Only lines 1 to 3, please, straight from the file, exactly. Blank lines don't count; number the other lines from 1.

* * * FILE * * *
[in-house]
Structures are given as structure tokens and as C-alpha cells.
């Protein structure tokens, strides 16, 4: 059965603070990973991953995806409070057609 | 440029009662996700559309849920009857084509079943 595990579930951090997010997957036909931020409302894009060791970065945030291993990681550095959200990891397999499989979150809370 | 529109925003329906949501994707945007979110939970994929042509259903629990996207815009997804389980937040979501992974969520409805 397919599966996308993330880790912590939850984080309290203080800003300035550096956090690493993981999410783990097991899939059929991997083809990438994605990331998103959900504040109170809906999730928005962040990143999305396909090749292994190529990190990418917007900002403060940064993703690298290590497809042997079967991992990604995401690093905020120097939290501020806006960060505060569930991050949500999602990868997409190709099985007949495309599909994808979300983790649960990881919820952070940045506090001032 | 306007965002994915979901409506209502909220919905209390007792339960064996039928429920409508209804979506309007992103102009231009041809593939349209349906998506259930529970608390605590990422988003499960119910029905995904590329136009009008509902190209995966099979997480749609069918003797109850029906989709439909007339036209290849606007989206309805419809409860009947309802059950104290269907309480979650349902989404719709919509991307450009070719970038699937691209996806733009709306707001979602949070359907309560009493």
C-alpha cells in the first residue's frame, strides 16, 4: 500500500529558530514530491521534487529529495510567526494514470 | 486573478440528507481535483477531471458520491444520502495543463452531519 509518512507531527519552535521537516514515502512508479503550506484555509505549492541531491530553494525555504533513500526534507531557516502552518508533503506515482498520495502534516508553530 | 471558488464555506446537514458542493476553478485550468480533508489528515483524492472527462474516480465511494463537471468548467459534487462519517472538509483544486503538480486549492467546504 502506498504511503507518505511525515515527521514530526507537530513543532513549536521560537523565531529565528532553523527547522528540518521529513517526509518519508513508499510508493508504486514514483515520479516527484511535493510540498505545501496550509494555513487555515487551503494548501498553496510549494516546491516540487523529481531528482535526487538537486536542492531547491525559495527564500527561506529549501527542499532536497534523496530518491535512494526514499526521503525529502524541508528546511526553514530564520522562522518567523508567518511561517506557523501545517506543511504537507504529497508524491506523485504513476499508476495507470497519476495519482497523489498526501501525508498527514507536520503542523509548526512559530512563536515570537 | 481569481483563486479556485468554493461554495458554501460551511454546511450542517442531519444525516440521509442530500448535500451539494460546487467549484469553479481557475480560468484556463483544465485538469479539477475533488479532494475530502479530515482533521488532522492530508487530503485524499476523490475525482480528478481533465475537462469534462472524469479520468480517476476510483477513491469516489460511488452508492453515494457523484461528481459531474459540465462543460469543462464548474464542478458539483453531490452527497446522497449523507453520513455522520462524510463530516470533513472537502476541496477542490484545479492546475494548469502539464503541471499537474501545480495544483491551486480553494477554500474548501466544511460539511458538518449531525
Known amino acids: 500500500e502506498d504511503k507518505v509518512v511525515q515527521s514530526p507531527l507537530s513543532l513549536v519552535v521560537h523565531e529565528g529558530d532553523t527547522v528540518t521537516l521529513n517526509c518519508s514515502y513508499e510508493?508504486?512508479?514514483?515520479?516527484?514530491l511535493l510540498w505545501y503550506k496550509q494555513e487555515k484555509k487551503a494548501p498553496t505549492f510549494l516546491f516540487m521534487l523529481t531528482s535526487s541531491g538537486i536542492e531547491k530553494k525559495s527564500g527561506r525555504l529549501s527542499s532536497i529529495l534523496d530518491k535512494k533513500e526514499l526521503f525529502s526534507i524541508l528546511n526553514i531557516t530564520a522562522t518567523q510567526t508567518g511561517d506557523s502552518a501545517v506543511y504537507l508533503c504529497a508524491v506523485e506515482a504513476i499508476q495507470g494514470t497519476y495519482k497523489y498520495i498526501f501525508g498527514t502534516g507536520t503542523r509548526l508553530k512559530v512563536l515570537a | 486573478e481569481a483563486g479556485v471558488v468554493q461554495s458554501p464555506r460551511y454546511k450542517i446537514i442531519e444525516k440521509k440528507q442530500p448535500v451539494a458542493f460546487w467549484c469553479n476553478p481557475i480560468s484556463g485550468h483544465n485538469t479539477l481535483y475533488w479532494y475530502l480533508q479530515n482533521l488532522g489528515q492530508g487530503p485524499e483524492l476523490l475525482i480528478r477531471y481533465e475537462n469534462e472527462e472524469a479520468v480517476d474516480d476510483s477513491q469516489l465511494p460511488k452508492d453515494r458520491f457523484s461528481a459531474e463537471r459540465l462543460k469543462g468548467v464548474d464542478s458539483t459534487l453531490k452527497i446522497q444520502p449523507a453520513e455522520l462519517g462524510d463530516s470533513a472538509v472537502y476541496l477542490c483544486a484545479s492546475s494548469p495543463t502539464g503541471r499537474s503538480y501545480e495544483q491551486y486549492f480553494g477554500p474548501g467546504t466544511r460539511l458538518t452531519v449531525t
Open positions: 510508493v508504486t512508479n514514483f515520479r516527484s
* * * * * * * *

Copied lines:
[in-house]
Structures are given as structure tokens and as C-alpha cells.
């Protein structure tokens, strides 16, 4: 059965603070990973991953995806409070057609 | 440029009662996700559309849920009857084509079943 595990579930951090997010997957036909931020409302894009060791970065945030291993990681550095959200990891397999499989979150809370 | 529109925003329906949501994707945007979110939970994929042509259903629990996207815009997804389980937040979501992974969520409805 397919599966996308993330880790912590939850984080309290203080800003300035550096956090690493993981999410783990097991899939059929991997083809990438994605990331998103959900504040109170809906999730928005962040990143999305396909090749292994190529990190990418917007900002403060940064993703690298290590497809042997079967991992990604995401690093905020120097939290501020806006960060505060569930991050949500999602990868997409190709099985007949495309599909994808979300983790649960990881919820952070940045506090001032 | 306007965002994915979901409506209502909220919905209390007792339960064996039928429920409508209804979506309007992103102009231009041809593939349209349906998506259930529970608390605590990422988003499960119910029905995904590329136009009008509902190209995966099979997480749609069918003797109850029906989709439909007339036209290849606007989206309805419809409860009947309802059950104290269907309480979650349902989404719709919509991307450009070719970038699937691209996806733009709306707001979602949070359907309560009493």